by John Stoltenberg
You know those big live TV versions of blockbuster musicals that get broadcast decades after the show was a hit on the stage? Like, not until generations have come and gone? Well in the case of Dave, the new musical just opened at Arena Stage, I’m afraid that lag time just won’t do. Because Dave needs to be beamed into America’s living rooms right now.
I’m serious, this is a matter of national urgency. Did you see the alarming news that broke on the very day Dave opened? (I know, you’re wondering, Which alarming news?) Shrinks across the country are reporting increasing cases of Trump Anxiety Disorder. I’m not making this up. The telltale symptom of the syndrome is feeling as though the world is going to end. And no wonder: the news cycle is a 24/7 trigger. People’s psyches are fried. The mental health of the citizenry is at stake. We need Dave to get us through.
The musical Dave is based on the 1993 movie Dave, about an ordinary citizen named Dave Kovic who resembles President Bill Mitchell so much he’s recruited by the president’s handlers to be the president’s stand-in. Then President Mitchell has a stroke while fucking his mistress and the dastardly chief of staff and his West Wing-man press secretary decide to pass off Dave as the president without telling the First Lady, thinking she’ll never know because they hardly speak and assuming Dave the dufus will do their bidding. But Dave turns out to be a far better president than the one who’s in a coma. He lifts the country’s spirits, he promotes progressive legislation, he shows he really cares, and America loves him. He even wins the cold heart of the First Lady, who is icy toward Dave initially only because she thinks he’s the faithless dick she’s married to.
Dave the movie was in production during the presidency of George W. Bush and distributed during the presidency of Bill Clinton—in between lies about WMDs and lies about sexual screw-ups, in other words. Dave was a funny and moving contemporary fairy tale that in its time touched a nerve: a latent longing for our nation’s patriotic ideals to be real. For truth, justice, and the American way, for gosh sakes. And the movie did very well.
But no one could have predicted then the era of lies, inequity, and treason we live in now.
So the idea to bring back Dave as a musical was beyond brilliant. (Shout out to Warner Bros., which produced the motion picture from Gary Ross’s screenplay and got the ball rolling on its way to Arena.) And the creative team assembled is a galaxy of genius: Thomas Meehan and Nell Benjamin (book and lyrics), Tom Kitt (music), Tina Landau (direction), Sam Pinkleton (choreography), Rob Berman (music direction).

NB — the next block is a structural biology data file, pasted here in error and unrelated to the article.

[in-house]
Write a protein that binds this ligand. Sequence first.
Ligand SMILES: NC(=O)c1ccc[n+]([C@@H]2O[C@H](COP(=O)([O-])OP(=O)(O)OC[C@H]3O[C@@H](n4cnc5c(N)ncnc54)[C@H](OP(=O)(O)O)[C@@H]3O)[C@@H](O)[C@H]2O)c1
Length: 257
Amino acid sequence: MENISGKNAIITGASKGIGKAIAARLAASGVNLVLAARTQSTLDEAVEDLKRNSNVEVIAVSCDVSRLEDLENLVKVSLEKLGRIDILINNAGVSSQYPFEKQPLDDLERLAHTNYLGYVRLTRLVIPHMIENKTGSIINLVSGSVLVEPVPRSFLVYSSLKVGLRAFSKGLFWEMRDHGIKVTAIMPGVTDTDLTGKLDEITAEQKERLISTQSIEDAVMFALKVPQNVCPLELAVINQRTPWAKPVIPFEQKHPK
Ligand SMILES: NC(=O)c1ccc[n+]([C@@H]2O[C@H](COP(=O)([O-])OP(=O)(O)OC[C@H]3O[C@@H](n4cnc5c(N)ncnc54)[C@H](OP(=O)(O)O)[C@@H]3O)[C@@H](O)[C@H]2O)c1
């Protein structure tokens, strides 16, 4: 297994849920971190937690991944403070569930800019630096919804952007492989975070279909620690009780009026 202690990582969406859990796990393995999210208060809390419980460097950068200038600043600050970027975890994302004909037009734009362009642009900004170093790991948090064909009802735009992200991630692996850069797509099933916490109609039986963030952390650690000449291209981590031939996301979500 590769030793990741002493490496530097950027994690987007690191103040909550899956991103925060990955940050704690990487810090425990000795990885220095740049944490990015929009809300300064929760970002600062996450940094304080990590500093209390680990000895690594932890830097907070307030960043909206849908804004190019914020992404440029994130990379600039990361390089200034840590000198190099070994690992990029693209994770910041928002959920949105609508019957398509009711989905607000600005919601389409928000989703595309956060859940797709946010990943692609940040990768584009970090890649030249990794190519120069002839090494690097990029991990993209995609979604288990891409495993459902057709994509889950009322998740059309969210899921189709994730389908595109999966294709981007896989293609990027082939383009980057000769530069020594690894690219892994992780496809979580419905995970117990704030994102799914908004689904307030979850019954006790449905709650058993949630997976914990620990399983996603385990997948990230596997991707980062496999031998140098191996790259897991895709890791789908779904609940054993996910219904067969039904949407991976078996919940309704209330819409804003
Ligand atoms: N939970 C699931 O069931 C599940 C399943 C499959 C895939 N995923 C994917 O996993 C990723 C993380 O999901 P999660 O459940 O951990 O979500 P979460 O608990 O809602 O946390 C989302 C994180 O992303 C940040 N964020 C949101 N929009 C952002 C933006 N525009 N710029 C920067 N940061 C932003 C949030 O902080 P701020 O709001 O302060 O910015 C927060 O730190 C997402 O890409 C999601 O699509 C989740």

Here’s why the musical they’ve made far surpasses the original movie: It’s live and it’s us. We the audience are in it together.
There comes a point in Act One when the storyline calls for the performers on stage to sing the national anthem. Nowhere in the script does it say: Come on, folks, join us. The plot would move ahead just fine if everyone in the house just kept seated, watched, and listened. But the night I saw the show, as soon as the strains of “The Star-Spangled Banner” began, the audience started to rise and sing along, one by one, until it was nearly everyone. I looked around incredulous and saw hands held over hearts. It was a spontaneous breakout of audience participation so full of pure, undefiled patriotism that it not only stopped the show; it lofted the musical into a whole new realm of communal meaning.
In addition to being set in the present—with cell phones and such—the musical Dave is different from the movie in several substantive ways that deepen its bond with audiences profoundly. For instance, in the movie First Lady Ellen Mitchell is an advocate for disenfranchised children, and Dave’s unexpected visit with her to a school and shared commitment to her cause is when their relationship thaws. In the musical Ellen is an advocate for eldercare, and Dave’s unexpected site visit with her to a nursing home and his active allyship on the issue serve a similar plot point—but the moment is immensely more resonant to the generation of theatergoers who themselves have been or are caregivers.
Another example: In the movie, Dave runs a temporary employment agency; in the musical, he is a high school history teacher with a huge admiration for Lincoln. In the very first scene, we see him teaching his class the Gettysburg Address, an excerpt of which is displayed on an overhead projector. Dave has circled the word we wherever it appears. He wants to imbue his students with their agency and responsibility as Americans. That theme comes round again at the very end of the show, in a song the whole company sings called “It’s On Us.” And by George, we get it.
We want to believe in a country that many of us fear doesn’t exist anymore. What Dave does is restore our faith in that country by restoring our faith in ourselves. That’s a neat trick, but it’s something live theater is ideally suited for. And Dave moves us forward toward that faith so beautifully and resolutely that it becomes far more than the out-of-town tryout of a terrific show destined for Broadway hitdom. Dave is a spirit-lifter, a hope-renewer, and a brain-reboot—a show that we as a nation need now more than we know.
Running Time: Two hours and 30 minutes, including one intermission.